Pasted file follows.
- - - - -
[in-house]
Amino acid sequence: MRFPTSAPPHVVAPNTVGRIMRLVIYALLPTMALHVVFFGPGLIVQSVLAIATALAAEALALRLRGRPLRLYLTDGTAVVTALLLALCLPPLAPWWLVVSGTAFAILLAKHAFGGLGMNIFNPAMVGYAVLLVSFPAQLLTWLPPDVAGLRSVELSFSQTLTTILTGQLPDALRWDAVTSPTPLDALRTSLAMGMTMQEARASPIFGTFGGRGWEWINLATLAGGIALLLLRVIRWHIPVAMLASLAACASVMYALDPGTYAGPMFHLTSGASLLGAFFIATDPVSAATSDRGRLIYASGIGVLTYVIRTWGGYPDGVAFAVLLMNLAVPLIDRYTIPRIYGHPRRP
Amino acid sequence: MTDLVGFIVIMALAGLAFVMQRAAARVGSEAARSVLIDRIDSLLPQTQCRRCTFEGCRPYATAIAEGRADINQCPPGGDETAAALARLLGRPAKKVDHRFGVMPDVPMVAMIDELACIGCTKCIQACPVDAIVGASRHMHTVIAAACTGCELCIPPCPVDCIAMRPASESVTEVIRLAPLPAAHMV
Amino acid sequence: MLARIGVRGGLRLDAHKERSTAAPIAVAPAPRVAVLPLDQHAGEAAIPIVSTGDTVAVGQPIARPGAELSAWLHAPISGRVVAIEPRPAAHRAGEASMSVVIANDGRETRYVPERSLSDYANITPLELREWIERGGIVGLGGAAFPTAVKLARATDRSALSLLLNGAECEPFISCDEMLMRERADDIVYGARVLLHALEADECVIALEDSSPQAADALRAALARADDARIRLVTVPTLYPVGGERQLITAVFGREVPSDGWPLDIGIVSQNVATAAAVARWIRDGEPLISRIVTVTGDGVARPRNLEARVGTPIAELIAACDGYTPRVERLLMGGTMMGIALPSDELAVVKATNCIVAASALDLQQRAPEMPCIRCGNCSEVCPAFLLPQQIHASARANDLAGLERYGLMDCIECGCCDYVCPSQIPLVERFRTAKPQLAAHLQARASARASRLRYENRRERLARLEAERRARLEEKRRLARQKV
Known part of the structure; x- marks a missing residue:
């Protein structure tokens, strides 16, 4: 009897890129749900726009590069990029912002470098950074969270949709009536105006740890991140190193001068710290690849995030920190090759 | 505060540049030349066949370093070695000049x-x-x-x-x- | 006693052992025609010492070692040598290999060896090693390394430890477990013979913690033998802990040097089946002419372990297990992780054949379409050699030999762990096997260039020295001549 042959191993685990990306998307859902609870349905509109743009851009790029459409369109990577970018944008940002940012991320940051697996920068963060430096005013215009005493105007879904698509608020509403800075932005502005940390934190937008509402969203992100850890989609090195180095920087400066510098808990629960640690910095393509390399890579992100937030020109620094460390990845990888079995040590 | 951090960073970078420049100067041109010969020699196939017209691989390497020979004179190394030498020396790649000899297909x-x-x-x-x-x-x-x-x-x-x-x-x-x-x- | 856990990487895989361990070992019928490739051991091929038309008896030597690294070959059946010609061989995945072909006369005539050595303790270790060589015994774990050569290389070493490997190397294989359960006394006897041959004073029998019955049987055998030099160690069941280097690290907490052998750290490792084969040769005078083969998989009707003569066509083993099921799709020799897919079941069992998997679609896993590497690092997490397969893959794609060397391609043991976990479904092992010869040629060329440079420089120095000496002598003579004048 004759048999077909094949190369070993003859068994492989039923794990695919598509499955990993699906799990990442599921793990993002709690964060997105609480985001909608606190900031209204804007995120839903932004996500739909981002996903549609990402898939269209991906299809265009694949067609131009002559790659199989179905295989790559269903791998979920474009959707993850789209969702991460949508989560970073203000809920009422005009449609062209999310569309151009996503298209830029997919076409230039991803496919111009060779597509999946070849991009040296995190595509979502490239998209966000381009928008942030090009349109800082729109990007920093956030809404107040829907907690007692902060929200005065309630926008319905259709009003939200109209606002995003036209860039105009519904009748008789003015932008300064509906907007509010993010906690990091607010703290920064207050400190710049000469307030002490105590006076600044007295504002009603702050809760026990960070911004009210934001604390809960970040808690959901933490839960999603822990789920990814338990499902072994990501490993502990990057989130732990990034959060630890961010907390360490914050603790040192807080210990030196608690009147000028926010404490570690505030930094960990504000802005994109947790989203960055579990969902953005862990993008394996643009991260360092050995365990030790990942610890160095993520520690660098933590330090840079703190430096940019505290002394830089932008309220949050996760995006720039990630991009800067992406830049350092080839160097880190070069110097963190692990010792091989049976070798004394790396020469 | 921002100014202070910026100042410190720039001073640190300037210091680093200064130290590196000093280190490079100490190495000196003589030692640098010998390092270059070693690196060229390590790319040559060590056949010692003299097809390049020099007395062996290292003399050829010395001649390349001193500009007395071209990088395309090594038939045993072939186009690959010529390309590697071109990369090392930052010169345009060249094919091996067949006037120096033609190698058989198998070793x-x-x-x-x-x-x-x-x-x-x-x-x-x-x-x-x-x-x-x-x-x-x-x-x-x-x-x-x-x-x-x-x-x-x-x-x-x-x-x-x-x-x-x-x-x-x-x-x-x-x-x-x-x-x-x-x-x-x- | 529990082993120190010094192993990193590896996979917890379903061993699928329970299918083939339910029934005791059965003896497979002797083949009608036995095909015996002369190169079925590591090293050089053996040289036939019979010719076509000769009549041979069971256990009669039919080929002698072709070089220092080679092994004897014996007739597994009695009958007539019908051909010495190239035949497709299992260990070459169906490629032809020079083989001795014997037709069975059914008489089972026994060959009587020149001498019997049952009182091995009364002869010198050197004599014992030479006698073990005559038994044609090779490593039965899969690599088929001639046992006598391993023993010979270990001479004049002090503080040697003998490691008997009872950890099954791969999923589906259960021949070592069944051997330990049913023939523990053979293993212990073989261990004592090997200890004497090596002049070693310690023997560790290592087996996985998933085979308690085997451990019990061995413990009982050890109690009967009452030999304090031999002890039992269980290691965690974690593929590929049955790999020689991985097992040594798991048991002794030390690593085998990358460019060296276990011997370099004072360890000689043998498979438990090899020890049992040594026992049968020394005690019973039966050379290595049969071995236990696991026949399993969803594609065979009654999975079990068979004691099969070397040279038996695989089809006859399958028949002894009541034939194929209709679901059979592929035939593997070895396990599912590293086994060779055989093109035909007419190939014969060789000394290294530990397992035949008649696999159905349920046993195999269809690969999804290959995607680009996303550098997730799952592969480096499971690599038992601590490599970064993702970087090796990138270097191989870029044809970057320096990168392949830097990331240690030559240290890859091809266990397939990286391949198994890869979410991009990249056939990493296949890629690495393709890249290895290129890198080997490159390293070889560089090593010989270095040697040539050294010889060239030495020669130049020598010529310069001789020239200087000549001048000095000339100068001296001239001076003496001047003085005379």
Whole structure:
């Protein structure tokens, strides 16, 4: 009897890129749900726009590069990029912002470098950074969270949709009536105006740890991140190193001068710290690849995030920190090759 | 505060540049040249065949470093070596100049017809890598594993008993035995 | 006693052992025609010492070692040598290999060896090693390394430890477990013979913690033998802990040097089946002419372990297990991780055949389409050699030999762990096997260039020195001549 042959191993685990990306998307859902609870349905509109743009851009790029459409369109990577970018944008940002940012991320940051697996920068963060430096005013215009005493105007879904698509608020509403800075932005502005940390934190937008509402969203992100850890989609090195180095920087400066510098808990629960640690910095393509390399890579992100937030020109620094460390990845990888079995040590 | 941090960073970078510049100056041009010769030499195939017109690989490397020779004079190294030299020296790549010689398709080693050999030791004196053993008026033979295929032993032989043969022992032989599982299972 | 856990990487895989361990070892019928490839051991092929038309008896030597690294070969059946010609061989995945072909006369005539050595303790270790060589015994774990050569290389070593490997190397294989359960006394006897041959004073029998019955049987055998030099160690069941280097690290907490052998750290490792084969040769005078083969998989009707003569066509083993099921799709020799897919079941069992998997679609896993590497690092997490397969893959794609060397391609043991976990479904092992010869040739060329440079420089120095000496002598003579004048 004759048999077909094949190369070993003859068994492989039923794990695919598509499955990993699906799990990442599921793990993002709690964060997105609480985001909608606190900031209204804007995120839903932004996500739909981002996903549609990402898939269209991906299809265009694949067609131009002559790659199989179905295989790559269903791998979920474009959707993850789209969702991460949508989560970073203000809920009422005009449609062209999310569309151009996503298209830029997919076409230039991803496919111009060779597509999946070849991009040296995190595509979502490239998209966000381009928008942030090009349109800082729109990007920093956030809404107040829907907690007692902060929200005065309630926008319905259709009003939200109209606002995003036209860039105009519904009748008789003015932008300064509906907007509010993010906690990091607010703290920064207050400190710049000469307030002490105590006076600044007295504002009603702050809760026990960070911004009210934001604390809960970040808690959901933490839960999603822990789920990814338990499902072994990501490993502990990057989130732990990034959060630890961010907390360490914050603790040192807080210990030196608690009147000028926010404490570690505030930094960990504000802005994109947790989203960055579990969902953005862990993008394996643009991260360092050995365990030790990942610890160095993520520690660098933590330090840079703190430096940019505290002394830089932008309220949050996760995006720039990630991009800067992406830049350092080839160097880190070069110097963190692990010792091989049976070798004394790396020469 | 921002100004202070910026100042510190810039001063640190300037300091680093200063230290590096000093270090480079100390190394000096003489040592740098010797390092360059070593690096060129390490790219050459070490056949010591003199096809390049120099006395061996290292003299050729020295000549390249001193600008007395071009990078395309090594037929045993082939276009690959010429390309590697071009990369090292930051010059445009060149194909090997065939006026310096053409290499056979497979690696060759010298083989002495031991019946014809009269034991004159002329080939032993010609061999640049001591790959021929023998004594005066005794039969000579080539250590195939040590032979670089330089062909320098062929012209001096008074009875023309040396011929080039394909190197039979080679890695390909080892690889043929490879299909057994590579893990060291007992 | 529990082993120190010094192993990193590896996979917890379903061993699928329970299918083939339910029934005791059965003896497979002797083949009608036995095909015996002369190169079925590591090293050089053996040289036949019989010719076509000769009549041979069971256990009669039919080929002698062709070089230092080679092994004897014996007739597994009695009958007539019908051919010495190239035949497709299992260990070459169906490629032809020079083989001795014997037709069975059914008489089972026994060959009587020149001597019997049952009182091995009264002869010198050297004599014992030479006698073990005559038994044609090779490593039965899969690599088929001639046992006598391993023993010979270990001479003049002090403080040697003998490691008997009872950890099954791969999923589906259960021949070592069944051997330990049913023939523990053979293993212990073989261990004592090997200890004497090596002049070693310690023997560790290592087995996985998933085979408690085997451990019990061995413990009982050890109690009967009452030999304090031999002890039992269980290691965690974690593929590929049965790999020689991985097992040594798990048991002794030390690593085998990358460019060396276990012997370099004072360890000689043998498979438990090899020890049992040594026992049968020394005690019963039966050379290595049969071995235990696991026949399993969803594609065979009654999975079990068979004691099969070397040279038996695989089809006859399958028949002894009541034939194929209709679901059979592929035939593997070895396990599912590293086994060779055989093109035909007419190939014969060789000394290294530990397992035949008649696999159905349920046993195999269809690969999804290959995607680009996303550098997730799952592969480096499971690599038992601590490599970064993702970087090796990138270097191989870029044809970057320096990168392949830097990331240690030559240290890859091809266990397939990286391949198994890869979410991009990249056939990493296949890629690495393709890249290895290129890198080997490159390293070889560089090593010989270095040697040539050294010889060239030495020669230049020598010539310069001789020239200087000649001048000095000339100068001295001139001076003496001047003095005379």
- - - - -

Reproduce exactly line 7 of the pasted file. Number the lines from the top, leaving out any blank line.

Whole structure: